Journal:Topics in Spinal Cord Injury Rehabilitation
Year, Volume, Issue, Page(s):18, 24, 2, 110-120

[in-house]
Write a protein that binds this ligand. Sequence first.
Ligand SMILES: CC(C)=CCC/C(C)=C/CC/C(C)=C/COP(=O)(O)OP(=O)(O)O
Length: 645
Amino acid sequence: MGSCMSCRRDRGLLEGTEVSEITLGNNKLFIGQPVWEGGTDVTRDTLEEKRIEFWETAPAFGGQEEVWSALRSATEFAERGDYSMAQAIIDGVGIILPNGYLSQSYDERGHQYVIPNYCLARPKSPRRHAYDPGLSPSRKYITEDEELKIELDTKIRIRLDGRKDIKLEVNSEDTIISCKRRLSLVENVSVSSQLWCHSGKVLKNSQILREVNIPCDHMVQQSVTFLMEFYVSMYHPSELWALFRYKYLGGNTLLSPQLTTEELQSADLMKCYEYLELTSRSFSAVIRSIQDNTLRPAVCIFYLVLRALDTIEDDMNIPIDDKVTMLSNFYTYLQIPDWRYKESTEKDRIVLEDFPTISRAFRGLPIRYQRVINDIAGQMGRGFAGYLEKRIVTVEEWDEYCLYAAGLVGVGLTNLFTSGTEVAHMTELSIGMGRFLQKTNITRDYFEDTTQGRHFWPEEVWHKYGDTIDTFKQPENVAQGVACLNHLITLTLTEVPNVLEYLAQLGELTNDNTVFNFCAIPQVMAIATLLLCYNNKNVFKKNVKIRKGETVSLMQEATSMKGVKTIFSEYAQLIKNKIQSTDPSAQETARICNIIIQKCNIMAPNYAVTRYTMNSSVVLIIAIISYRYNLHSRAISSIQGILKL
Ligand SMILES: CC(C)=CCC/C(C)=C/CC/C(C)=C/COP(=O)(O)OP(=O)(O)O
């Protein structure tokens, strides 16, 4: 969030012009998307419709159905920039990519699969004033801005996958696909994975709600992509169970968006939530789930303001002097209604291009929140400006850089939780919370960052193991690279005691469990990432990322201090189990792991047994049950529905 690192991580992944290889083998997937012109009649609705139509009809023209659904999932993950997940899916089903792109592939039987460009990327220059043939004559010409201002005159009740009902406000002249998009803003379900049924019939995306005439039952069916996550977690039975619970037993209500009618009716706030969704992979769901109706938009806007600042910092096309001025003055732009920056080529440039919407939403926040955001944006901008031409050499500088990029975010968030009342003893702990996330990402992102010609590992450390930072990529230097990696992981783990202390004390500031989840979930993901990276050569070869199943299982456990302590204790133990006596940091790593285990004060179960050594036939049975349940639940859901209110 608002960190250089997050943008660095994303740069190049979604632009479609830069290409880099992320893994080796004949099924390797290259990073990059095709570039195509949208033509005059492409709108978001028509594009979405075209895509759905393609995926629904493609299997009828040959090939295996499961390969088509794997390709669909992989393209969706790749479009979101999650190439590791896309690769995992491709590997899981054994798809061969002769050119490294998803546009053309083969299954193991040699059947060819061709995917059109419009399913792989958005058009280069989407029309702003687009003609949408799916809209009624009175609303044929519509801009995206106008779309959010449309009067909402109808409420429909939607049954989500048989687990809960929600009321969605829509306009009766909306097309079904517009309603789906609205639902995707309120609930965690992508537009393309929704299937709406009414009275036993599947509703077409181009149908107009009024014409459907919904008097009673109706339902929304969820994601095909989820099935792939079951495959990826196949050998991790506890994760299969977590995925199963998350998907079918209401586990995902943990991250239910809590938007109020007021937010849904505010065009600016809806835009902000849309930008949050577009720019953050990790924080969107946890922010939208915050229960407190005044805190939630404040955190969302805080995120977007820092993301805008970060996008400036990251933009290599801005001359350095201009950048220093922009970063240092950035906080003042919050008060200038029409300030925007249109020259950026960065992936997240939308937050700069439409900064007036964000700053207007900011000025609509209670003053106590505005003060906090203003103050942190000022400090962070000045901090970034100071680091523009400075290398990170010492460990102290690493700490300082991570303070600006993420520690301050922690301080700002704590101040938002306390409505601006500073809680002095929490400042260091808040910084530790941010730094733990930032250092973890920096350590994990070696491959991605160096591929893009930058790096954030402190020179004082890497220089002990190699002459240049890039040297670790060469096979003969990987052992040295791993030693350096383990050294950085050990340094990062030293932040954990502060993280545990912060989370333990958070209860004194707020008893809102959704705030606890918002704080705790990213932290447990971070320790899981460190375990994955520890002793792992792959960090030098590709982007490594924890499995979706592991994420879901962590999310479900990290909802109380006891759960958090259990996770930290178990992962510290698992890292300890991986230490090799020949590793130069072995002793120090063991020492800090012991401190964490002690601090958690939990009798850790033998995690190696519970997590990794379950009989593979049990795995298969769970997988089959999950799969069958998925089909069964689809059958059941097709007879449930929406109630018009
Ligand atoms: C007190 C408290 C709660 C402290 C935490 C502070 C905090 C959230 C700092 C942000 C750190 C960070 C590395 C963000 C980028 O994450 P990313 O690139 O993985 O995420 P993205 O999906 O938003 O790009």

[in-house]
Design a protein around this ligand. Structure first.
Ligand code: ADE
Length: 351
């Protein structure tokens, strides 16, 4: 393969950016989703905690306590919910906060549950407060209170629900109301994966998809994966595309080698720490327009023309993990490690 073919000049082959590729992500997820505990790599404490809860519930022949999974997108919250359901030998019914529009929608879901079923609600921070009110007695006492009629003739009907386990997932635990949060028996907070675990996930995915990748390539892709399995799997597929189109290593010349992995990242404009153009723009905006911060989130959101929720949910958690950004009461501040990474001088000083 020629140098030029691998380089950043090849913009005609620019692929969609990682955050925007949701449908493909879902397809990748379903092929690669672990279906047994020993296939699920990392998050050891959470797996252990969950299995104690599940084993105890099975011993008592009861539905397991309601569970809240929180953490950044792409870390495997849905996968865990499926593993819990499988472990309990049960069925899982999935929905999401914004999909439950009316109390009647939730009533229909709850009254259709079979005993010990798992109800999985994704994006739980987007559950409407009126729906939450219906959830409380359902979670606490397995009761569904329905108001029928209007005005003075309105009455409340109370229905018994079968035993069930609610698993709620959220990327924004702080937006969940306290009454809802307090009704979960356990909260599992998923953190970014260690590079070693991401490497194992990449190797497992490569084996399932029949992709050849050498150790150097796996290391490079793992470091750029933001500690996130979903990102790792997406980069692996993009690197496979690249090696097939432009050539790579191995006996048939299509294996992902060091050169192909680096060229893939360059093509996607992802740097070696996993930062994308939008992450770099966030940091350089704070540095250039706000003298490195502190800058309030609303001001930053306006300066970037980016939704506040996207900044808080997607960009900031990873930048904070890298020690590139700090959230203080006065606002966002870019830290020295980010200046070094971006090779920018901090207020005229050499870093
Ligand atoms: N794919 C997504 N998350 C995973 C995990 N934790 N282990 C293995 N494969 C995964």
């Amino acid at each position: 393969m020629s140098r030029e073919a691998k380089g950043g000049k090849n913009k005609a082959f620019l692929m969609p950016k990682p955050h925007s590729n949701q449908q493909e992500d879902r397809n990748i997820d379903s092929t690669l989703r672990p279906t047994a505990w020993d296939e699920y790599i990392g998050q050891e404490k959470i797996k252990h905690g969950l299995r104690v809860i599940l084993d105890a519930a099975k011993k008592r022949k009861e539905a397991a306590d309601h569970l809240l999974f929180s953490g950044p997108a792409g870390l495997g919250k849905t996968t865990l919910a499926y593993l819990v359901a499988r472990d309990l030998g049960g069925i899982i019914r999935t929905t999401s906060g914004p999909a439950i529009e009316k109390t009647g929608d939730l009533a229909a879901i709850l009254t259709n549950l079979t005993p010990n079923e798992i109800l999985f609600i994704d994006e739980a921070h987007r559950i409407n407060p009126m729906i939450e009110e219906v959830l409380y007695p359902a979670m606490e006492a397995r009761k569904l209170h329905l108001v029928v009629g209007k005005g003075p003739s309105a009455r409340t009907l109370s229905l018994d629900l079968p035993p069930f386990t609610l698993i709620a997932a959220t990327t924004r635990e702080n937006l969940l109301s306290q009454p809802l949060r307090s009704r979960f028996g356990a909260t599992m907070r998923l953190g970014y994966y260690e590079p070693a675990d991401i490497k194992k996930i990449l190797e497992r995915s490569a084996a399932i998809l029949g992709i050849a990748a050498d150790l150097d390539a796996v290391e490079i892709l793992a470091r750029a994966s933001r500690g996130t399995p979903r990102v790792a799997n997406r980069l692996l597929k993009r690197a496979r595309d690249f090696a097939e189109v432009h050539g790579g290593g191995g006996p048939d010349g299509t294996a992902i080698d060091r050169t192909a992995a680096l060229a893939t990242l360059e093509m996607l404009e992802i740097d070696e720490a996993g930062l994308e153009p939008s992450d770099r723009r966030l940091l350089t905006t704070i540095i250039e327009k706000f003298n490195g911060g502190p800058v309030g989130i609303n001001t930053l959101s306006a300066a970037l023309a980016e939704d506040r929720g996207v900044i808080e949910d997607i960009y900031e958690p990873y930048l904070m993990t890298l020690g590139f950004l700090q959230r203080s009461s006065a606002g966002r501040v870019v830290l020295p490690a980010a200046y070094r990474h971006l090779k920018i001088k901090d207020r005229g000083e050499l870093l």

Study examined the role of race/ethnicity on data quality and response completeness among individuals enrolled in a longitudinal spinal cord injury (SCI) database. This study included 7,507 adults (5,483 non-Hispanic whites, 1,414 non-Hispanic blacks, and 610 Hispanics) from 19 SCI Model Systems centers, who returned for follow-up between 2001 and 2006. The missing data rate was calculated for each outcome variable at each post-injury year, stratified by race/ethnicity. Missing data were defined as any missing, unknown, or refusal response to interview items. The overall missing rate was 29.7, 9.5, 9.7, 10.7, 12.0, and 9.8 percent for the Craig Handicap Assessment and Reporting Technique-Short Form (CHART) economic self-sufficiency subscale, CAGE questionnaire, drug use, Diener’s Satisfaction with Life Scale, Patient Health Questionnaire, and pain severity, respectively. The missing rate for the CHART measure was significantly higher among non-Hispanic blacks and Hispanics than among non-Hispanic whites, after controlling for demographics, injury factors, mode of data collection, and study sites. The missing data in the other outcome measures examined were also significantly higher among non-Hispanic blacks than among non-Hispanic whites, but were not significantly different between Hispanics and non-Hispanic whites. The results highlight the importance of research methodology designed to improve non-response or response incompleteness, particularly in non-Hispanic blacks, as we move to reduce racial/ethnic disparities and strive to explain how and why disparities occur in the SCI population.